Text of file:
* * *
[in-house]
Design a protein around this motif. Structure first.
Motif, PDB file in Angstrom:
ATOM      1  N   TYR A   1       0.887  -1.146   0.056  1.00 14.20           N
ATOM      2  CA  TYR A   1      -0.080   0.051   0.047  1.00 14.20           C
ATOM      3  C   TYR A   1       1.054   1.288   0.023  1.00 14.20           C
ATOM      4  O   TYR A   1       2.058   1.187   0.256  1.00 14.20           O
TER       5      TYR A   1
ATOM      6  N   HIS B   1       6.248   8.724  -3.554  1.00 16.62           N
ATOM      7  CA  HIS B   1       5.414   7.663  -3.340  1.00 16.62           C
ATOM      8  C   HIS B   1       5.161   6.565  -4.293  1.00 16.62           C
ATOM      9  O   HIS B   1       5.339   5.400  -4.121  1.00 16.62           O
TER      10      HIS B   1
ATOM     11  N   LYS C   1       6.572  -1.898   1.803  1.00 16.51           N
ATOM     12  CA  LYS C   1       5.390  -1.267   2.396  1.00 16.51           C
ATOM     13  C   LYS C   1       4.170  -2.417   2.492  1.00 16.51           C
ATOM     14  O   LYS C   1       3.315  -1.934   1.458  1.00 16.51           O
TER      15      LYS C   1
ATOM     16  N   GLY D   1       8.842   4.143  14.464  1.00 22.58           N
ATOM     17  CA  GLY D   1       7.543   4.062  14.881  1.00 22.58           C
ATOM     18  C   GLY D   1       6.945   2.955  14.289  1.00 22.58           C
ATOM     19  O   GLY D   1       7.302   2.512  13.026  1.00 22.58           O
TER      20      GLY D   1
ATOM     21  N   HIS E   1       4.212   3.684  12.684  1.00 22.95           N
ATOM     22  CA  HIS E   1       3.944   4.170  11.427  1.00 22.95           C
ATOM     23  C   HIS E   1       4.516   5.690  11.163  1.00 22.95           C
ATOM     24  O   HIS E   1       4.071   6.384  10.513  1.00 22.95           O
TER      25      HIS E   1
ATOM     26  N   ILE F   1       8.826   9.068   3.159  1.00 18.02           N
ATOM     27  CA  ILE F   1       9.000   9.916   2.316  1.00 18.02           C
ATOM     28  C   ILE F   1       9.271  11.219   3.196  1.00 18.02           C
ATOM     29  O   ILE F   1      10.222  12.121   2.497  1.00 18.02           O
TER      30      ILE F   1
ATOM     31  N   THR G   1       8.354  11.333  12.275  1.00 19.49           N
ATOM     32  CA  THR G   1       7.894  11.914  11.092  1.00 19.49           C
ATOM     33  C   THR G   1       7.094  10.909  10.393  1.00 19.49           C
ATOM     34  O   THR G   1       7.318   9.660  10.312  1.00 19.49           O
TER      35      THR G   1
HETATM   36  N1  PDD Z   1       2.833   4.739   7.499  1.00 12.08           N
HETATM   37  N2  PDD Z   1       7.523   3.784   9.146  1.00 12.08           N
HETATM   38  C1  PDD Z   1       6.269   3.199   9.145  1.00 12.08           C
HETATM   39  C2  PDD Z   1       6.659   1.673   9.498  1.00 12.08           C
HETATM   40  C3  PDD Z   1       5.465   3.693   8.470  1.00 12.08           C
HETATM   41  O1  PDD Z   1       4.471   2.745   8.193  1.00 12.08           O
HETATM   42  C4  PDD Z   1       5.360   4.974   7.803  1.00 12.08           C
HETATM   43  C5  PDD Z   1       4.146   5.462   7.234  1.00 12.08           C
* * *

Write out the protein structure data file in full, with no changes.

[in-house]
Design a protein around this motif. Structure first.
Motif, PDB file in Angstrom:
ATOM      1  N   TYR A   1       0.887  -1.146   0.056  1.00 14.20           N
ATOM      2  CA  TYR A   1      -0.080   0.051   0.047  1.00 14.20           C
ATOM      3  C   TYR A   1       1.054   1.288   0.023  1.00 14.20           C
ATOM      4  O   TYR A   1       2.058   1.187   0.256  1.00 14.20           O
TER       5      TYR A   1
ATOM      6  N   HIS B   1       6.248   8.724  -3.554  1.00 16.62           N
ATOM      7  CA  HIS B   1       5.414   7.663  -3.340  1.00 16.62           C
ATOM      8  C   HIS B   1       5.161   6.565  -4.293  1.00 16.62           C
ATOM      9  O   HIS B   1       5.339   5.400  -4.121  1.00 16.62           O
TER      10      HIS B   1
ATOM     11  N   LYS C   1       6.572  -1.898   1.803  1.00 16.51           N
ATOM     12  CA  LYS C   1       5.390  -1.267   2.396  1.00 16.51           C
ATOM     13  C   LYS C   1       4.170  -2.417   2.492  1.00 16.51           C
ATOM     14  O   LYS C   1       3.315  -1.934   1.458  1.00 16.51           O
TER      15      LYS C   1
ATOM     16  N   GLY D   1       8.842   4.143  14.464  1.00 22.58           N
ATOM     17  CA  GLY D   1       7.543   4.062  14.881  1.00 22.58           C
ATOM     18  C   GLY D   1       6.945   2.955  14.289  1.00 22.58           C
ATOM     19  O   GLY D   1       7.302   2.512  13.026  1.00 22.58           O
TER      20      GLY D   1
ATOM     21  N   HIS E   1       4.212   3.684  12.684  1.00 22.95           N
ATOM     22  CA  HIS E   1       3.944   4.170  11.427  1.00 22.95           C
ATOM     23  C   HIS E   1       4.516   5.690  11.163  1.00 22.95           C
ATOM     24  O   HIS E   1       4.071   6.384  10.513  1.00 22.95           O
TER      25      HIS E   1
ATOM     26  N   ILE F   1       8.826   9.068   3.159  1.00 18.02           N
ATOM     27  CA  ILE F   1       9.000   9.916   2.316  1.00 18.02           C
ATOM     28  C   ILE F   1       9.271  11.219   3.196  1.00 18.02           C
ATOM     29  O   ILE F   1      10.222  12.121   2.497  1.00 18.02           O
TER      30      ILE F   1
ATOM     31  N   THR G   1       8.354  11.333  12.275  1.00 19.49           N
ATOM     32  CA  THR G   1       7.894  11.914  11.092  1.00 19.49           C
ATOM     33  C   THR G   1       7.094  10.909  10.393  1.00 19.49           C
ATOM     34  O   THR G   1       7.318   9.660  10.312  1.00 19.49           O
TER      35      THR G   1
HETATM   36  N1  PDD Z   1       2.833   4.739   7.499  1.00 12.08           N
HETATM   37  N2  PDD Z   1       7.523   3.784   9.146  1.00 12.08           N
HETATM   38  C1  PDD Z   1       6.269   3.199   9.145  1.00 12.08           C
HETATM   39  C2  PDD Z   1       6.659   1.673   9.498  1.00 12.08           C
HETATM   40  C3  PDD Z   1       5.465   3.693   8.470  1.00 12.08           C
HETATM   41  O1  PDD Z   1       4.471   2.745   8.193  1.00 12.08           O
HETATM   42  C4  PDD Z   1       5.360   4.974   7.803  1.00 12.08           C
HETATM   43  C5  PDD Z   1       4.146   5.462   7.234  1.00 12.08           C